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DateLecture
22 April 2020British Pop Art
27 May 2020Pins and Poking Sticks: Decoding dress in Shakespeare's time
24 June 2020Petra: Caravan city of the ancient Arabs
22 July 2020The Post-Impressionist Rebellion: Gauguin, Cézanne, Seurat and van Gogh
23 September 2020The Magnificent Maya: Fact and fantasy
28 October 2020Peggy Guggenheim: The "poor little rich girl" who changed the face of 20th century art
25 November 2020The Field of the Cloth of Gold: 6,000 Englishmen in France for 18 days - how did they do it?

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British Pop Art Paul Chapman Wednesday 22 April 2020

This lecture has been postponed.

Because of the continuing Government guidance on the Coronavirus epidemic, to ensure all our members, visitors, volunteers and lecturers remain safe, we are postponing the April, May and June lectures, as well as the 6 May Special Interest Morning. Those who have bought tickets for the latter event are receiving refunds. We are also postponing the Shoreditch visit. Once the way ahead is clear, these events will be rescheduled. We are reviewing the situation daily and will update you as soon as there are any further changes to the programme. Thank you for your understanding.  Please keep an eye on the website for the latest information or email info@theartssocietycamberley.org.uk.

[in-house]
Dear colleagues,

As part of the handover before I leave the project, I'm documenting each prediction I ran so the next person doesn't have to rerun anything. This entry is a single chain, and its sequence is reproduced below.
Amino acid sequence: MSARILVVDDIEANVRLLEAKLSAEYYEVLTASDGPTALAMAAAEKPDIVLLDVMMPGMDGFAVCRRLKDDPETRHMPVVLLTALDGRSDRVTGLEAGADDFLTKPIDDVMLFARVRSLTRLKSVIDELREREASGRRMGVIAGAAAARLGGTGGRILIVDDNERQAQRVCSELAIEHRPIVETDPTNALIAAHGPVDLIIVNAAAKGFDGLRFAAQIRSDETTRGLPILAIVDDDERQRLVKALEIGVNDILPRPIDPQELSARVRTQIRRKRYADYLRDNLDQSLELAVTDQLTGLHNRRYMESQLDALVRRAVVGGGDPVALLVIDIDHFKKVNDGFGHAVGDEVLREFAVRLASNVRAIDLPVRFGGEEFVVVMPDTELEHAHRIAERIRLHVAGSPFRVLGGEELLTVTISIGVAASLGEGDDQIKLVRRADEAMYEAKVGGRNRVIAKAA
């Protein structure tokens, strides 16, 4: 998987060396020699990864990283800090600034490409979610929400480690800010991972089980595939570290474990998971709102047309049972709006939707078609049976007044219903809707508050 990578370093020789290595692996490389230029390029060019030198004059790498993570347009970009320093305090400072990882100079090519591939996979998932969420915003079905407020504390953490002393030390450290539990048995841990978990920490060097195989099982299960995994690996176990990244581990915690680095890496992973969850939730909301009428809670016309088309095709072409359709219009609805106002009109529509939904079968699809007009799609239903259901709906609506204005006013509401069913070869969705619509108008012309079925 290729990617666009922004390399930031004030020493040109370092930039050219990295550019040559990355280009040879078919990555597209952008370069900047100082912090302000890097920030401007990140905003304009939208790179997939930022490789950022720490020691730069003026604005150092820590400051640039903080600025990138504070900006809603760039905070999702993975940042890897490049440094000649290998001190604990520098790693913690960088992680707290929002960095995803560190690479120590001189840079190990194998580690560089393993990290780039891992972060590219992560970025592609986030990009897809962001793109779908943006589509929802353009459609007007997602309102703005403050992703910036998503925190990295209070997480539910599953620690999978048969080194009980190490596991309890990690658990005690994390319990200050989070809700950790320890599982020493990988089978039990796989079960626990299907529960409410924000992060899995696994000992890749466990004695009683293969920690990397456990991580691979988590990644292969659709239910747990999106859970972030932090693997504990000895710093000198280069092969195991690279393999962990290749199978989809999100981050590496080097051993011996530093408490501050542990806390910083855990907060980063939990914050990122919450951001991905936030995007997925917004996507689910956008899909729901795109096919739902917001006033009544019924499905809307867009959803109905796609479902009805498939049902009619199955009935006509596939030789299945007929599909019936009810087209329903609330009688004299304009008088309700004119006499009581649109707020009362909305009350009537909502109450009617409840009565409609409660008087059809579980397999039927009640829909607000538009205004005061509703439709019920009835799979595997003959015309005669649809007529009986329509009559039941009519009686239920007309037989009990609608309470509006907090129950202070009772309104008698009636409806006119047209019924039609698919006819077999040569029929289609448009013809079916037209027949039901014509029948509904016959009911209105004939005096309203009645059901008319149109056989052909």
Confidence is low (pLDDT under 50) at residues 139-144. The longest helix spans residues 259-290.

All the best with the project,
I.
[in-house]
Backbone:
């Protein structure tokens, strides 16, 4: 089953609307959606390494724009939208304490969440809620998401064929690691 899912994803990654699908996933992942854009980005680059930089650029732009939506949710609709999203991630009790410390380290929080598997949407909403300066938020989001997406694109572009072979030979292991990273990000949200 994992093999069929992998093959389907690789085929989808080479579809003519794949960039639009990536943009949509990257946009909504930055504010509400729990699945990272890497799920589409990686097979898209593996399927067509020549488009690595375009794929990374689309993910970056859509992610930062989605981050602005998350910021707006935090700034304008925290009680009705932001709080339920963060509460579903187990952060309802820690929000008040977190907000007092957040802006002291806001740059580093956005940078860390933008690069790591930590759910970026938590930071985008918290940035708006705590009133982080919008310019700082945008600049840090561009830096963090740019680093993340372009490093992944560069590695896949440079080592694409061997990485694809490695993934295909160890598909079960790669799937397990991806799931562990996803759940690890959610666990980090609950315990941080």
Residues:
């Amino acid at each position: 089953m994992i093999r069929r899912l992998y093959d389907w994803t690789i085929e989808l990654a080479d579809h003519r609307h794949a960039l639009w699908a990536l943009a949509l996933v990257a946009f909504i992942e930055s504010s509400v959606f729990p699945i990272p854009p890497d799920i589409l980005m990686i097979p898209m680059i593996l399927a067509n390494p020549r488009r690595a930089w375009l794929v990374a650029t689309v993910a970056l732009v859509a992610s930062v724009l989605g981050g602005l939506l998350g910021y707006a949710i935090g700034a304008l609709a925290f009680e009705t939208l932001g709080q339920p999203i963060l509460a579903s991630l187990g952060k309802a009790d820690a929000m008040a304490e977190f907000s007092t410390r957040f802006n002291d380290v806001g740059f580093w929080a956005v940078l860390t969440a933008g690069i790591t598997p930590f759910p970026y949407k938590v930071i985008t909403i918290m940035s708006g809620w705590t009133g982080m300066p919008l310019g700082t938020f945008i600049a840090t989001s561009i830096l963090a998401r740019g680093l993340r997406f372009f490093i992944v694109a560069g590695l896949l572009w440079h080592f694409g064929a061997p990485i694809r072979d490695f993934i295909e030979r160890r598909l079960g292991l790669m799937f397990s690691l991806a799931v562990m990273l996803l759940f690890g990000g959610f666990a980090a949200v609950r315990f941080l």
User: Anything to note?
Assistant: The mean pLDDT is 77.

Although the term Pop Art is usually associated with the work of artists working in New York and Los Angeles in the 1960s, the movement actually found its earliest voice in Britain a decade earlier. From the early work of the ‘Independent Group’ in the mid 1950s Pop emerged to become the dominant style throughout the 1960s. A new generation of artists drew inspiration from their own lives or the things they saw around them every day. They took their influence from Hollywood movies, advertising, product packaging, pop music and comic books. Many were horrified by the pop artists’ use of such ‘low’ subject matter and by their apparently uncritical treatment of it. Pop took art into new areas of subject matter and developed new ways of presenting it in art and can be seen as one of the first manifestations of postmodernism.

Paul is an Art Historian and a National Gallery trained guide with many years of experience working in education. As a freelance Paul delivers courses and lectures for a wide range of educational organisations. Paul has also given talks and tours for art associations/societies in Museums and Galleries in the UK and Europe. As a writer, Paul has published a book, which examines the subject of cultural crossovers and appropriations in 20th century painting. Paul has a long-standing commitment, in conjunction with the National Gallery as a tour guide at the Longford Castle art collection and he is also a visiting tutor at Marlborough College and a tutor at MCSS.